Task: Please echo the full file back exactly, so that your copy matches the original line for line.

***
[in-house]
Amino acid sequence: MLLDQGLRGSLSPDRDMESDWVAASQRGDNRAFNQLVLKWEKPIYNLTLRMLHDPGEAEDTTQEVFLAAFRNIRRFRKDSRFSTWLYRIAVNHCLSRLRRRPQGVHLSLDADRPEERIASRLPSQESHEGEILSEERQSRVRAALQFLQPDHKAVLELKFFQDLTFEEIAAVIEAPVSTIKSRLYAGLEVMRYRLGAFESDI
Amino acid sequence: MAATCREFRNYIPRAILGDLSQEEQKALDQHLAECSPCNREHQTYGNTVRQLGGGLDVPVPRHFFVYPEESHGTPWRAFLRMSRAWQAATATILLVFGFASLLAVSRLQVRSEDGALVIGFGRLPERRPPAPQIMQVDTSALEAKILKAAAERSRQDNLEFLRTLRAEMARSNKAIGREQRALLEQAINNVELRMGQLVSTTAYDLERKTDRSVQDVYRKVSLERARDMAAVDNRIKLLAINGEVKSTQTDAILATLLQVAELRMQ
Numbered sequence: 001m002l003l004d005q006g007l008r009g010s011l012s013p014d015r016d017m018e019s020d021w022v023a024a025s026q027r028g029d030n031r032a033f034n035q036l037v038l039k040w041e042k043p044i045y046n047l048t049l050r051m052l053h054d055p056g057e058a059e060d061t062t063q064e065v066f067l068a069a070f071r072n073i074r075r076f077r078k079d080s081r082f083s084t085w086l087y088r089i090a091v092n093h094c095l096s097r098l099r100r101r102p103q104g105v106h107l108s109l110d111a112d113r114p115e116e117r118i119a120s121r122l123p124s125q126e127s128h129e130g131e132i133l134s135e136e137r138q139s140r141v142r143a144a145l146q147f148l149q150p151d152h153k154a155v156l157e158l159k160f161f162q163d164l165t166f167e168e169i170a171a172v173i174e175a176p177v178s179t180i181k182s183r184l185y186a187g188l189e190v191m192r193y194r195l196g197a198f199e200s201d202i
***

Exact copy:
[in-house]
Amino acid sequence: MLLDQGLRGSLSPDRDMESDWVAASQRGDNRAFNQLVLKWEKPIYNLTLRMLHDPGEAEDTTQEVFLAAFRNIRRFRKDSRFSTWLYRIAVNHCLSRLRRRPQGVHLSLDADRPEERIASRLPSQESHEGEILSEERQSRVRAALQFLQPDHKAVLELKFFQDLTFEEIAAVIEAPVSTIKSRLYAGLEVMRYRLGAFESDI
Amino acid sequence: MAATCREFRNYIPRAILGDLSQEEQKALDQHLAECSPCNREHQTYGNTVRQLGGGLDVPVPRHFFVYPEESHGTPWRAFLRMSRAWQAATATILLVFGFASLLAVSRLQVRSEDGALVIGFGRLPERRPPAPQIMQVDTSALEAKILKAAAERSRQDNLEFLRTLRAEMARSNKAIGREQRALLEQAINNVELRMGQLVSTTAYDLERKTDRSVQDVYRKVSLERARDMAAVDNRIKLLAINGEVKSTQTDAILATLLQVAELRMQ
Numbered sequence: 001m002l003l004d005q006g007l008r009g010s011l012s013p014d015r016d017m018e019s020d021w022v023a024a025s026q027r028g029d030n031r032a033f034n035q036l037v038l039k040w041e042k043p044i045y046n047l048t049l050r051m052l053h054d055p056g057e058a059e060d061t062t063q064e065v066f067l068a069a070f071r072n073i074r075r076f077r078k079d080s081r082f083s084t085w086l087y088r089i090a091v092n093h094c095l096s097r098l099r100r101r102p103q104g105v106h107l108s109l110d111a112d113r114p115e116e117r118i119a120s121r122l123p124s125q126e127s128h129e130g131e132i133l134s135e136e137r138q139s140r141v142r143a144a145l146q147f148l149q150p151d152h153k154a155v156l157e158l159k160f161f162q163d164l165t166f167e168e169i170a171a172v173i174e175a176p177v178s179t180i181k182s183r184l185y186a187g188l189e190v191m192r193y194r195l196g197a198f199e200s201d202i